Saturday, August 28, 2010


Another interesting roadblock has arisen, this time from the bank. The problem is that my house is impossible to appraise. The bank consulted with four different appraisers with the same response: "impossible to give value."

At 1380 square feet, this house is relatively small, but because of all the custom detailing and quality materials, the cost of construction was estimated by my builder at almost $200 per square foot. This was my strategy: limit the square footage in order to be able to afford good design. Apparently there is no house in the neighborhood where I plan to build that comes anywhere close to this cost per foot. It’s not that there aren’t bigger houses in the area that have the same overall cost as mine; it’s that the smaller area of my house doesn’t seem to support it’s cost.

I learned that appraisals are only about what the “market” has been paying recently, locally, and typically for a certain size of house. Appraisers don’t care about the design or materials, or what builders have said it will cost to construct. “Cost does not create value,” one appraiser wrote to me.

I made the point that the value of this house will be much higher than other houses of similar square footage precisely because of the unique design, the special features (skylights, courtyard, etc.), and environmentally friendly materials throughout. How often have we witnessed some product selling for way more than anyone would expect from its size—because of some unique, desirable features? I made use of Frank Lloyd Wright again, pointing out that every one of his houses is worth far more than anyone would expect by looking only at square footage—because of the special design. Good design has value! Aren’t unique houses exactly what banks should be focusing on in this financial climate? The bloated, cookie-cutter, suburban MacMansions make up the great majority of houses sitting empty right now. Why not try investing in something different?

Of course all this fell on deaf ears. The mighty “market” is all that matters. Their question is: How will the bank sell this loan on the secondary market if the house’s value is so much less than its cost? The market hasn’t been paying this much for houses of this size.

Then I tried to argue: “I am the market for this house.” I qualified for the loan; I will pay what it costs; I plan to live in the house as my primary residence; I have no plans to sell it.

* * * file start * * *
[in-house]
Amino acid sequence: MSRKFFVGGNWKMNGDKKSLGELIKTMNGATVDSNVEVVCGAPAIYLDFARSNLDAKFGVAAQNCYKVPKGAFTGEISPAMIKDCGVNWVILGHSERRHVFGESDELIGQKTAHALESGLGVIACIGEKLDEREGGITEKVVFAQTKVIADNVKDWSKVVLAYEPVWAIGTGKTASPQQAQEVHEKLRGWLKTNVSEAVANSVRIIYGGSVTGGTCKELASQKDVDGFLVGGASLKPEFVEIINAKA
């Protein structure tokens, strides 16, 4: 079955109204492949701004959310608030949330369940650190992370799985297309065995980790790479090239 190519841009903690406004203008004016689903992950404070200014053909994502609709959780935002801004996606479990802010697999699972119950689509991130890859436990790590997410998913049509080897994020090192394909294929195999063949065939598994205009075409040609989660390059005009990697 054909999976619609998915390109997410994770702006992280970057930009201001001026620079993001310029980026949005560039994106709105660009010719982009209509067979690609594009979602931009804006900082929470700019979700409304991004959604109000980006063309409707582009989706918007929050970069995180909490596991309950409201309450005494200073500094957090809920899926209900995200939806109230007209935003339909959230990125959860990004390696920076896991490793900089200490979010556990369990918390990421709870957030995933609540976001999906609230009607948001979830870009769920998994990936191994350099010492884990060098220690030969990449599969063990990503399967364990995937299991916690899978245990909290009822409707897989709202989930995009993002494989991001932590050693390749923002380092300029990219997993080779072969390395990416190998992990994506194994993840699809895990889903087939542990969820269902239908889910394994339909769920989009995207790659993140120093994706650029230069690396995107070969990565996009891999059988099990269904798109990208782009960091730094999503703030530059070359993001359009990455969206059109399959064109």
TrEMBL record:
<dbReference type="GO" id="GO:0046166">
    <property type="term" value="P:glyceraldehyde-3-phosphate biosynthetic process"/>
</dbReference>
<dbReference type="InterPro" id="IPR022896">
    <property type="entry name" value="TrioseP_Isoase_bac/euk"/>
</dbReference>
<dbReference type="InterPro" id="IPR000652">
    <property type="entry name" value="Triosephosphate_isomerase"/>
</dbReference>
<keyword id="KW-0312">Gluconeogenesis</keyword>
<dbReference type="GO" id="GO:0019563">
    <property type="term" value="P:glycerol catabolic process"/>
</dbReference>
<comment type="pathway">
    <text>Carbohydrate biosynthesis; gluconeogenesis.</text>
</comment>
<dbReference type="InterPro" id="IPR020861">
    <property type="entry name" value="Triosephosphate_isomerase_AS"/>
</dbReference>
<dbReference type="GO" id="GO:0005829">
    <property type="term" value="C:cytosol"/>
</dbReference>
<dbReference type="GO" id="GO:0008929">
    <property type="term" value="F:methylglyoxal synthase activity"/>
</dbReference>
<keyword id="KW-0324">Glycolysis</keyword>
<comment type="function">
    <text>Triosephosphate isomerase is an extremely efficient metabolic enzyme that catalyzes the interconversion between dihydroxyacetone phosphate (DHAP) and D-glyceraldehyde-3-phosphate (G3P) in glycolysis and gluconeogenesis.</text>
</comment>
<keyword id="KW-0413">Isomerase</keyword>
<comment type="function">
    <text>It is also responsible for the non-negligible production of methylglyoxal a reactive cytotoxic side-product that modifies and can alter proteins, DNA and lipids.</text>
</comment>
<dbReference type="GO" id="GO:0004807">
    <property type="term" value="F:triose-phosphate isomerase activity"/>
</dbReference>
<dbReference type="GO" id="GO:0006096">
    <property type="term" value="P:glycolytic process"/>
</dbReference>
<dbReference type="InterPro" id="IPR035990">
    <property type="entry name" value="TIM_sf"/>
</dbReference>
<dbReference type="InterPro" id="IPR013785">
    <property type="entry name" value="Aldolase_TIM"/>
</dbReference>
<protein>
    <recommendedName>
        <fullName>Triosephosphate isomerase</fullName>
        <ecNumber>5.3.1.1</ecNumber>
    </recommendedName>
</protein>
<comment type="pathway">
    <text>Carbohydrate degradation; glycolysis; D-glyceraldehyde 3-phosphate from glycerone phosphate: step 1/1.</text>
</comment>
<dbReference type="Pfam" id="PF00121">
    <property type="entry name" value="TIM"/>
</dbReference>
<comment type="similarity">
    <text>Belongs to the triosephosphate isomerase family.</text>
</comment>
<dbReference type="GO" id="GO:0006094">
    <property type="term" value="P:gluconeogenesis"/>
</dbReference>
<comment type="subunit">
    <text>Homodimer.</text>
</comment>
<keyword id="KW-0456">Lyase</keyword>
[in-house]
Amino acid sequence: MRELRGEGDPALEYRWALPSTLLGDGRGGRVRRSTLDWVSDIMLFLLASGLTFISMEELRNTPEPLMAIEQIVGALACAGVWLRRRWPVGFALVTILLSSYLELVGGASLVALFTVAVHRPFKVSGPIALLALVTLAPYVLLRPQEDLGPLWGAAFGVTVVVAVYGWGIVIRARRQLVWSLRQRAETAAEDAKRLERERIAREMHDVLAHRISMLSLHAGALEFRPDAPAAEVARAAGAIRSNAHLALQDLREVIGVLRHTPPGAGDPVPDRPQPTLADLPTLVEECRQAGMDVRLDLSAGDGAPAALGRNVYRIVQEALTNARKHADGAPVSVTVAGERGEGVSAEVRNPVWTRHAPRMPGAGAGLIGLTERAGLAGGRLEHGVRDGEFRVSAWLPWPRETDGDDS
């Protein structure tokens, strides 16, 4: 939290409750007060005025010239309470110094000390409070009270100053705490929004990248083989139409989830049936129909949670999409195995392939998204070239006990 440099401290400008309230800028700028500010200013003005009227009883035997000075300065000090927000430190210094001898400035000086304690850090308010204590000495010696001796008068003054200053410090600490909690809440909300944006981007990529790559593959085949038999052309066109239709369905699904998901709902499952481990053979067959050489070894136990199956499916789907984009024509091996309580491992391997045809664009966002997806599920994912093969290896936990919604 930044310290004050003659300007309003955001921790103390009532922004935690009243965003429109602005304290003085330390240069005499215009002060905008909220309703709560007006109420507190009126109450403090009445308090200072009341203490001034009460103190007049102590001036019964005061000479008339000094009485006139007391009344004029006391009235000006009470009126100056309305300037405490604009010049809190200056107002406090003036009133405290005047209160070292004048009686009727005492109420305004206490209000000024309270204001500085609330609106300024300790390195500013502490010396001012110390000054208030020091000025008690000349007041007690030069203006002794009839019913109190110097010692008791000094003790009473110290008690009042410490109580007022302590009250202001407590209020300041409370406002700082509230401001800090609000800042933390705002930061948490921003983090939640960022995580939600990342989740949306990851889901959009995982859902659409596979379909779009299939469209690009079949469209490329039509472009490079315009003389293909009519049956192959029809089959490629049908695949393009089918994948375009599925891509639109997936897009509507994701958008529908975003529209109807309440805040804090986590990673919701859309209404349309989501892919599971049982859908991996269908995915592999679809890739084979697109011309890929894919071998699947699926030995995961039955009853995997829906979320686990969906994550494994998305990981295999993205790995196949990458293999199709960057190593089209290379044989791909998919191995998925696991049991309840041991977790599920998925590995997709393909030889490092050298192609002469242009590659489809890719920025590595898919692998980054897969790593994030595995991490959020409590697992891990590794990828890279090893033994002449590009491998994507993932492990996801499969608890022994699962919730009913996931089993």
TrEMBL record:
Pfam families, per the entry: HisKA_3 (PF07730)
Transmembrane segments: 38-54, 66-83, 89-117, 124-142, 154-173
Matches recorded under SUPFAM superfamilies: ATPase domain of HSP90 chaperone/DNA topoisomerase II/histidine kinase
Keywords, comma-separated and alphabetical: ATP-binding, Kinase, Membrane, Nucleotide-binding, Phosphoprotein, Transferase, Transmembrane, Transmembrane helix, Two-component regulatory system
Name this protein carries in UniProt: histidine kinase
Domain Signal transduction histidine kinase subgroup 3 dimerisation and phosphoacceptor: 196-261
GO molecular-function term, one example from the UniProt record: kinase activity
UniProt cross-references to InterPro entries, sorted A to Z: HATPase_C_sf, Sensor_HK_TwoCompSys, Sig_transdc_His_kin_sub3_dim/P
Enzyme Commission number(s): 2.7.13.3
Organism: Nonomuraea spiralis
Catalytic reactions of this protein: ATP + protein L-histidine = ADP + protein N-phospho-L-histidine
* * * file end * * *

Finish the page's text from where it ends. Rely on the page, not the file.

Also spoken into the void. What if I lose my job? they asked. What if I die? they implied.

It seems like the entire mortgage loan machine allows people to only do what has been done before. Creativity is not recognized. Good design is worthless. Want to pay us tons of interest on a loan to build your dream home? Design a house that's just like all the others.

I have to admit I was a tad flattered by the response of the appraisers. Especially when they wrote, “no comps… impossible to give value,” I thought: Yeah, that’s the way I designed it: incomparable, unique, high quality, with no equal, like no other—like my God.

So, my bank referred me to another bank that apparently can keep the loan in house rather than having to sell it later—meaning the lack of an appraisal may not matter. I left a message with a contact at that bank a few days ago and have received no response. A banker friend of mine was skeptical that any bank in these times would process a loan without an appraisal.

What if no bank will give me a loan? Will I be the father of a stillborn child? Have I already learned all that God wanted to teach me through this process? Or does God want me pursue funding from a different source?

From the beginning of my quest for financing lots of options crossed my mind, from opening an account for receiving donations to applying for some sort of grant. None of them seemed viable for a project that basically looks like a house for myself. Could I convince anyone that it’s not really for me? And that it’s not really just a house? It’s also a church—for the world. The merging of these apparently disparate functions is part of what makes this place special. If I knew I was never going to live there, I would still build it. I echo the desire of Solomon: “Here is what I want to do: build a temple in honor of God.” (1 Kings 5:5) Now if only I could find a fraction of his resources.